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Guest view: Health and wellness communications can be engaging

A strong wellness program can be a differentiator for recruitment, reduce the cost of health care benefits and help build a team atmosphere based around healthy choices. However, communicating the benefits and program elements of a wellness initiative can be hard to navigate. Human resources and corporate leadership need to walk a fine line – avoiding sounding paternal, moralistic or even too personal while empowering employees and spurring participation.

How a company communicates can make a big difference. It can boost enrollment in the wellness strategy and create more engagement among employees. Those who are engaged at work will go the extra mile and demonstrate increased productivity, which shows up in a company’s profitability, turnover numbers, safety incidents and quality.

Communication is key for an employee health and wellness program and for a business overall. Looking to a professional communicator for ideas and best practices will help streamline communications surrounding such a program and lead to more engaged, healthier employees.

What can you do?

  • See things from the employees’ perspective. How will the wellness program components benefit them? Why should they care? Does it affect their work life or home life? Zero in on key factors affecting employees and highlight the benefits of healthy choices.
  • Avoid communicating to staff as if they are marketing targets. Trust them and communicate with them as if they are “one of us,” instead of “one of them.” Use “we” and communicate from a team perspective, rather than a top-down standpoint.
  • Talk about the rewards – not only for their personal lives, but rewards of the program. What’s in it for them can be a powerful motivator to expand participation. That participation, in turn, can build a team atmosphere and lead to higher engagement.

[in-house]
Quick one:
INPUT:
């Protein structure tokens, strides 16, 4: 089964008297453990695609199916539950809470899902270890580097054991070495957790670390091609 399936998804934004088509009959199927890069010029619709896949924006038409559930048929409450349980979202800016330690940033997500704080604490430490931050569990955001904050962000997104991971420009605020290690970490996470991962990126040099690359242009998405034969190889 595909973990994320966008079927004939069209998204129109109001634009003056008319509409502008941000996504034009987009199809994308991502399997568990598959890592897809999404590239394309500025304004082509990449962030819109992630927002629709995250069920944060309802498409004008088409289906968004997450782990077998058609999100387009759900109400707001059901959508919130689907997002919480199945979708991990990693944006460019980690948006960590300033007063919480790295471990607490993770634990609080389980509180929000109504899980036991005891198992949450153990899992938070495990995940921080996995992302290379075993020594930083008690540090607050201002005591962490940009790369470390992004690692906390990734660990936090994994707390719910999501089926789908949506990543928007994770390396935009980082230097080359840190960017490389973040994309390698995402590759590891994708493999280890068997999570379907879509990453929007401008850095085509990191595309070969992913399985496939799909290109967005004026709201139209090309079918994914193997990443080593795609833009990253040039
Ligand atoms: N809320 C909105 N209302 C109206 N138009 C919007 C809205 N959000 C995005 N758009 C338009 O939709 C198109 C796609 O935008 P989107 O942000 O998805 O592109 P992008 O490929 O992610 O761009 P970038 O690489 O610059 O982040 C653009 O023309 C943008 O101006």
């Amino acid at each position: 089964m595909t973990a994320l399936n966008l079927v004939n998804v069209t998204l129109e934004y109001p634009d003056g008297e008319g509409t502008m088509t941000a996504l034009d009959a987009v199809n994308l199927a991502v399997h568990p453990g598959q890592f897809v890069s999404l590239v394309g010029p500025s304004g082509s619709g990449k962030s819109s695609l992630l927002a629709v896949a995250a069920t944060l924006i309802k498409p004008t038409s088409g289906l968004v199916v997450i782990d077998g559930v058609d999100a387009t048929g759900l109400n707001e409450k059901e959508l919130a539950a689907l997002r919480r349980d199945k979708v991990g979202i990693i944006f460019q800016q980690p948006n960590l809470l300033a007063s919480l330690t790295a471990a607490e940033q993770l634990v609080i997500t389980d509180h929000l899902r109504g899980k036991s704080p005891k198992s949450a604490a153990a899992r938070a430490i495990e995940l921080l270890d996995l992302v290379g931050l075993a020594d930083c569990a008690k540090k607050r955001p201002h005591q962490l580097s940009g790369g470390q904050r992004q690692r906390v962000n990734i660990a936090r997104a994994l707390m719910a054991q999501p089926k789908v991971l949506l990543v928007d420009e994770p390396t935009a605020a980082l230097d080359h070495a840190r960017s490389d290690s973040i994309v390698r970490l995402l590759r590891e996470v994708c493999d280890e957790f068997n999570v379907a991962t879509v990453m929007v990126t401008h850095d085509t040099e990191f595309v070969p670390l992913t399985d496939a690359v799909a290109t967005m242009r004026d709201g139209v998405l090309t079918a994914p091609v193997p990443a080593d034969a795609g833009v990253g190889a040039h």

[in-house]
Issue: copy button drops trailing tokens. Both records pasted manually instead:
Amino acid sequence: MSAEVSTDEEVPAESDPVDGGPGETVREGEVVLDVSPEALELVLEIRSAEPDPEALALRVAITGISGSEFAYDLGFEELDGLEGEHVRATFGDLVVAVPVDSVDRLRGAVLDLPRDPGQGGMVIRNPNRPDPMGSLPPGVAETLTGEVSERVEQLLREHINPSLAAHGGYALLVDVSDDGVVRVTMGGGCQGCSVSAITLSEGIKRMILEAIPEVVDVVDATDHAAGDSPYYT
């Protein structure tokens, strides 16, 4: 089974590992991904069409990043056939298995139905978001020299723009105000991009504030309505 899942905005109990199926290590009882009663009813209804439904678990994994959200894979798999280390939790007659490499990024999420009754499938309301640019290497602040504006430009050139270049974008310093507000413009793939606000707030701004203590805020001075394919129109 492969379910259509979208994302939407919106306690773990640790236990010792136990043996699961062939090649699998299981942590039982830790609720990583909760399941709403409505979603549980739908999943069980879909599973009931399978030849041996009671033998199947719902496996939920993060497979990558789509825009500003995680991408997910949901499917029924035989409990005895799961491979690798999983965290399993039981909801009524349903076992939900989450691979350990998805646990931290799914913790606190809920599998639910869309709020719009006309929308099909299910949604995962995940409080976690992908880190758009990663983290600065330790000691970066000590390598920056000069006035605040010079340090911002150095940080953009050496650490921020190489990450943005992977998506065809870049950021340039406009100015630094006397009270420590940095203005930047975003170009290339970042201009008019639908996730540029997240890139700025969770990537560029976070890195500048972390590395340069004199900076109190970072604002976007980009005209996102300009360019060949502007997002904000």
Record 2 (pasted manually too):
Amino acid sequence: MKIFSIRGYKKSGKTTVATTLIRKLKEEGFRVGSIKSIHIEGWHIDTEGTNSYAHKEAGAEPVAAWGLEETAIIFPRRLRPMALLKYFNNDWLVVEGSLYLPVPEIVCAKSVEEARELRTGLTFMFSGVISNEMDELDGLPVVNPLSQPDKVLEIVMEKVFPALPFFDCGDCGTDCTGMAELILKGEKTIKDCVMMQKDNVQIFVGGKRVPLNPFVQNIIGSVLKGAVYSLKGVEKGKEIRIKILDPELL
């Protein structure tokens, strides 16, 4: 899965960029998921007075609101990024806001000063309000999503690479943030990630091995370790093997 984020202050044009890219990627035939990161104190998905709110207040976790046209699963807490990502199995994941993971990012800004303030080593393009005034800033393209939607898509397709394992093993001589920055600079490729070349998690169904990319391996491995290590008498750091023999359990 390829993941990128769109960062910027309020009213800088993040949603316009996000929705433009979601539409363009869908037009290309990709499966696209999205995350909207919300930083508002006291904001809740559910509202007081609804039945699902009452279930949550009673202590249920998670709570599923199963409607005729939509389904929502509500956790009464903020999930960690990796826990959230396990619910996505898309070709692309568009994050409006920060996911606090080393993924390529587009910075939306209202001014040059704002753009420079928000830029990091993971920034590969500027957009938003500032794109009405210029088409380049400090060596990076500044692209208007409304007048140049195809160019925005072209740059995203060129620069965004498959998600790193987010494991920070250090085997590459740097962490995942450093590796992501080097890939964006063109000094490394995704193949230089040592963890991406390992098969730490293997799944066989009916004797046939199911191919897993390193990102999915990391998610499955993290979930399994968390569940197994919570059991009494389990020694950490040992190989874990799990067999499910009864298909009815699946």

• Consider health and wellness ambassadors. Peer-to-peer communication is powerful and partnering with passionate team members to communicate can remove the paternalistic factor.
  • Connect the dots for employees to the bigger corporate picture. Participation in wellness programs has the potential to decrease company health benefit costs overall, which in turn could make a difference in employees’ premium or out-of-pocket health care costs.
  • Remove jargon, whether health care or HR wording that might not be easily understood. Remember, when jargon is used, it may mean the employees are unlikely to understand the message.
  • Avoid populating emails or messages with large amounts of information. People digest details in small chunks, so consider an ongoing campaign to share bits and pieces of information, or a web page to view the full information when employees are interested and have time.
  • Have a sense of humor when communicating. Loosening up a formal approach can go a long way to creating engagement with the communication and getting on board with the program.
  • Make it a two-way conversation. Ask employees what program components they’d like to see. Find out what might motivate them to participate. Ask for ideas on communicating the details to staff.
  • Use social channels to help spread the word. Whether its an internal social tool such as Slack or Yammer or a closed group on Facebook or LinkedIn, encourage employees to share pictures of their healthy choices and/or program participation. Build a little competition between company segments and offer content meant to engage the group – ask questions, post a quiz or host a ‘meet this goal’ challenge.
  • Bring creative ideas to the effort. Consider interesting program elements to up the ante of interest and participation. Think about bringing in a local chef to offer a cooking class, having a local farm stand bring in their fresh produce regularly or bring in a gardening expert to offer a hands-on workshop for growing vegetables or herbs. At GRIT, team members in the wellness program are walking miles (via a step tracker) to earn a free airplane ticket to anywhere in the world. The more creative and out-of-the-box the program, when paired with easy ways to participate, the more people will want to take part.
  • Stay diverse with your communications focus. If there is a large subset of staff who bike to work, that’s great, but if that’s all communications are about, the company risks losing support from other parts of the employee base. The same goes for any topic: if it’s strictly about one thing, the business might lose the interest of its whole audience.

Internal communications centered around health and wellness can make or break program participation. Get together with HR, leadership and a few employees to brainstorm the best ways to get the message out.

Julie Lando is the owner and president of GRIT Marketing Group, a marketing and communications firm with offices in York and Lancaster.

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